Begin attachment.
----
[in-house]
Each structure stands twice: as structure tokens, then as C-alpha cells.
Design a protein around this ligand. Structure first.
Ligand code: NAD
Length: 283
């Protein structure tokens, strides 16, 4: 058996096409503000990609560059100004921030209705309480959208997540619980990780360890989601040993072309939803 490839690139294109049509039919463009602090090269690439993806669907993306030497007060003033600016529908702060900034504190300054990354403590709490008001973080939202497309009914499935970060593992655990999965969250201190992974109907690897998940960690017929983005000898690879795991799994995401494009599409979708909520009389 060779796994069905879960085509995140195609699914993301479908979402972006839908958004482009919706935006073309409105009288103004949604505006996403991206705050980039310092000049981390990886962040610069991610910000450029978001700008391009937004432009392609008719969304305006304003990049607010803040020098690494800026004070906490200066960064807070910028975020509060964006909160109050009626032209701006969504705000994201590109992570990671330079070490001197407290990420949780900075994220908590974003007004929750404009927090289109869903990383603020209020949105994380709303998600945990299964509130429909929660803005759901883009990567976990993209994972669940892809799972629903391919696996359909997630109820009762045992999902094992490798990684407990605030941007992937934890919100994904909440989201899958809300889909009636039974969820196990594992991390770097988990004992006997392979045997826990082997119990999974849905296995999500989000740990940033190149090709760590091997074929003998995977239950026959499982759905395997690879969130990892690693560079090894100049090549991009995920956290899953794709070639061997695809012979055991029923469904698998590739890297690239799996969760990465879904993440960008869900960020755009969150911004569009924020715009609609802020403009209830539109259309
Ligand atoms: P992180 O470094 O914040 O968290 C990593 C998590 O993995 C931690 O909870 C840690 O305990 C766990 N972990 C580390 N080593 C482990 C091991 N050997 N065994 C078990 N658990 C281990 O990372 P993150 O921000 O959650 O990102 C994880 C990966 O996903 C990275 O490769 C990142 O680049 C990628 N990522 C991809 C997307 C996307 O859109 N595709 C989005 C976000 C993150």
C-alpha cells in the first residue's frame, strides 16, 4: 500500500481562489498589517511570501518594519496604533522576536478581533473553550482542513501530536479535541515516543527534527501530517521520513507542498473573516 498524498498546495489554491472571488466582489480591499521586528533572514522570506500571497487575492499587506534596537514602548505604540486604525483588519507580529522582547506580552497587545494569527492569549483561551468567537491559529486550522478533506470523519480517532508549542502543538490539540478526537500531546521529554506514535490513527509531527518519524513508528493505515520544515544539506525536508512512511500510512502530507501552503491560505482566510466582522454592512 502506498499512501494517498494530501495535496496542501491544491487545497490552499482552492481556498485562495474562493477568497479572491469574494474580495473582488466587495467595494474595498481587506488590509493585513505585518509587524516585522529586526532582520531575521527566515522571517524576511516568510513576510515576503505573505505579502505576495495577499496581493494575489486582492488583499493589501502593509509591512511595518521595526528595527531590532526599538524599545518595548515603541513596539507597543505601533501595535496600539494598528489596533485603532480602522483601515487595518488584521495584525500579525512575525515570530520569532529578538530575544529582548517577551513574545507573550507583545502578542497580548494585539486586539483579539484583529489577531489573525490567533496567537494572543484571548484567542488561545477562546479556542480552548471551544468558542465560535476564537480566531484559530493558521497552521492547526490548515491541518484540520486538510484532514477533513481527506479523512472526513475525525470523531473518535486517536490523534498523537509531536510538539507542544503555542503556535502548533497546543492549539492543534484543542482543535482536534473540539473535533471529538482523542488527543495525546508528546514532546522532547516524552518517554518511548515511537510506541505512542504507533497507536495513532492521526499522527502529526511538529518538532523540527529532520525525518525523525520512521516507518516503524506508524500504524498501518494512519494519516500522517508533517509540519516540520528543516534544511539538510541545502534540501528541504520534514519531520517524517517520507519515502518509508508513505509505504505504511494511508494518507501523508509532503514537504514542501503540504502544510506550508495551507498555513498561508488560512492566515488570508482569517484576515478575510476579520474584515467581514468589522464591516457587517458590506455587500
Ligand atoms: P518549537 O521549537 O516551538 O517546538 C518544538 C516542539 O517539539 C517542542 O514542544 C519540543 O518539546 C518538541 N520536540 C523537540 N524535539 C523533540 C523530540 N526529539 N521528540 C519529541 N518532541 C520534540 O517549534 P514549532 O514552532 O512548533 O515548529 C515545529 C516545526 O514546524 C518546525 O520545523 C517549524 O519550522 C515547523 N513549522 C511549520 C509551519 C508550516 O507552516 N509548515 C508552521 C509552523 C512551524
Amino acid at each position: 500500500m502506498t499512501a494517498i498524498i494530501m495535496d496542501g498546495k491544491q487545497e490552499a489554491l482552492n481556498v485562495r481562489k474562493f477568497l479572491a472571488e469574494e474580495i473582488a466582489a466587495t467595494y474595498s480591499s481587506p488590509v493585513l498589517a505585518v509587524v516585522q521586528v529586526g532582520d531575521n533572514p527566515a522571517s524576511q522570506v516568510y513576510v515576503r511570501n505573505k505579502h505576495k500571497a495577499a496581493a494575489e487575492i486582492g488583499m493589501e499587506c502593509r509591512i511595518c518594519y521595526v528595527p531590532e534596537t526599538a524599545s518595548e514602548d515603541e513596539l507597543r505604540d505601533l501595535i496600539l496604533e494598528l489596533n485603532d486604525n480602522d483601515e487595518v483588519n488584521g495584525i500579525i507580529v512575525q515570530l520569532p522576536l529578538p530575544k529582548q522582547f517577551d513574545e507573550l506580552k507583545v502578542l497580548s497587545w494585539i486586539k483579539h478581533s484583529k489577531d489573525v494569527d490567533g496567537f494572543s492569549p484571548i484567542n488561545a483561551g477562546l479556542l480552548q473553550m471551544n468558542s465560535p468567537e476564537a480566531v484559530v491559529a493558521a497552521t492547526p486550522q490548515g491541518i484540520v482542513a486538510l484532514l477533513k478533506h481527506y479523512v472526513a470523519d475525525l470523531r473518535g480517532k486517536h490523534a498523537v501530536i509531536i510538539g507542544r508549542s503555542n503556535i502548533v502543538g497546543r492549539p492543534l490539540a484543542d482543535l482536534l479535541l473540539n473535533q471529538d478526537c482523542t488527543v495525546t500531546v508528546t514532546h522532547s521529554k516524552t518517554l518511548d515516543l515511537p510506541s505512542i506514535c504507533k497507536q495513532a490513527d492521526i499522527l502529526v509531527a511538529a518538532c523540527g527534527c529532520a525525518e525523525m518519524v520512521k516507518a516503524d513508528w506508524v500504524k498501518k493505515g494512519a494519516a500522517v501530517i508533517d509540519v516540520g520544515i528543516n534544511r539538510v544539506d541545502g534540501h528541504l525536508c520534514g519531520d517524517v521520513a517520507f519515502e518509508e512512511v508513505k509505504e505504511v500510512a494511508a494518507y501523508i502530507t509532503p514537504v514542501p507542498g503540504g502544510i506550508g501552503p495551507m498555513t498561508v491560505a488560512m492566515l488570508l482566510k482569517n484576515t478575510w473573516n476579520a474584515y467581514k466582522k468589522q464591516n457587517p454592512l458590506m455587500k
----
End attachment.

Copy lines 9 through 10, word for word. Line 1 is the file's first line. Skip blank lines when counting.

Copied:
Ligand atoms: P518549537 O521549537 O516551538 O517546538 C518544538 C516542539 O517539539 C517542542 O514542544 C519540543 O518539546 C518538541 N520536540 C523537540 N524535539 C523533540 C523530540 N526529539 N521528540 C519529541 N518532541 C520534540 O517549534 P514549532 O514552532 O512548533 O515548529 C515545529 C516545526 O514546524 C518546525 O520545523 C517549524 O519550522 C515547523 N513549522 C511549520 C509551519 C508550516 O507552516 N509548515 C508552521 C509552523 C512551524
Amino acid at each position: 500500500m502506498t499512501a494517498i498524498i494530501m495535496d496542501g498546495k491544491q487545497e490552499a489554491l482552492n481556498v485562495r481562489k474562493f477568497l479572491a472571488e469574494e474580495i473582488a466582489a466587495t467595494y474595498s480591499s481587506p488590509v493585513l498589517a505585518v509587524v516585522q521586528v529586526g532582520d531575521n533572514p527566515a522571517s524576511q522570506v516568510y513576510v515576503r511570501n505573505k505579502h505576495k500571497a495577499a496581493a494575489e487575492i486582492g488583499m493589501e499587506c502593509r509591512i511595518c518594519y521595526v528595527p531590532e534596537t526599538a524599545s518595548e514602548d515603541e513596539l507597543r505604540d505601533l501595535i496600539l496604533e494598528l489596533n485603532d486604525n480602522d483601515e487595518v483588519n488584521g495584525i500579525i507580529v512575525q515570530l520569532p522576536l529578538p530575544k529582548q522582547f517577551d513574545e507573550l506580552k507583545v502578542l497580548s497587545w494585539i486586539k483579539h478581533s484583529k489577531d489573525v494569527d490567533g496567537f494572543s492569549p484571548i484567542n488561545a483561551g477562546l479556542l480552548q473553550m471551544n468558542s465560535p468567537e476564537a480566531v484559530v491559529a493558521a497552521t492547526p486550522q490548515g491541518i484540520v482542513a486538510l484532514l477533513k478533506h481527506y479523512v472526513a470523519d475525525l470523531r473518535g480517532k486517536h490523534a498523537v501530536i509531536i510538539g507542544r508549542s503555542n503556535i502548533v502543538g497546543r492549539p492543534l490539540a484543542d482543535l482536534l479535541l473540539n473535533q471529538d478526537c482523542t488527543v495525546t500531546v508528546t514532546h522532547s521529554k516524552t518517554l518511548d515516543l515511537p510506541s505512542i506514535c504507533k497507536q495513532a490513527d492521526i499522527l502529526v509531527a511538529a518538532c523540527g527534527c529532520a525525518e525523525m518519524v520512521k516507518a516503524d513508528w506508524v500504524k498501518k493505515g494512519a494519516a500522517v501530517i508533517d509540519v516540520g520544515i528543516n534544511r539538510v544539506d541545502g534540501h528541504l525536508c520534514g519531520d517524517v521520513a517520507f519515502e518509508e512512511v508513505k509505504e505504511v500510512a494511508a494518507y501523508i502530507t509532503p514537504v514542501p507542498g503540504g502544510i506550508g501552503p495551507m498555513t498561508v491560505a488560512m492566515l488570508l482566510k482569517n484576515t478575510w473573516n476579520a474584515y467581514k466582522k468589522q464591516n457587517p454592512l458590506m455587500k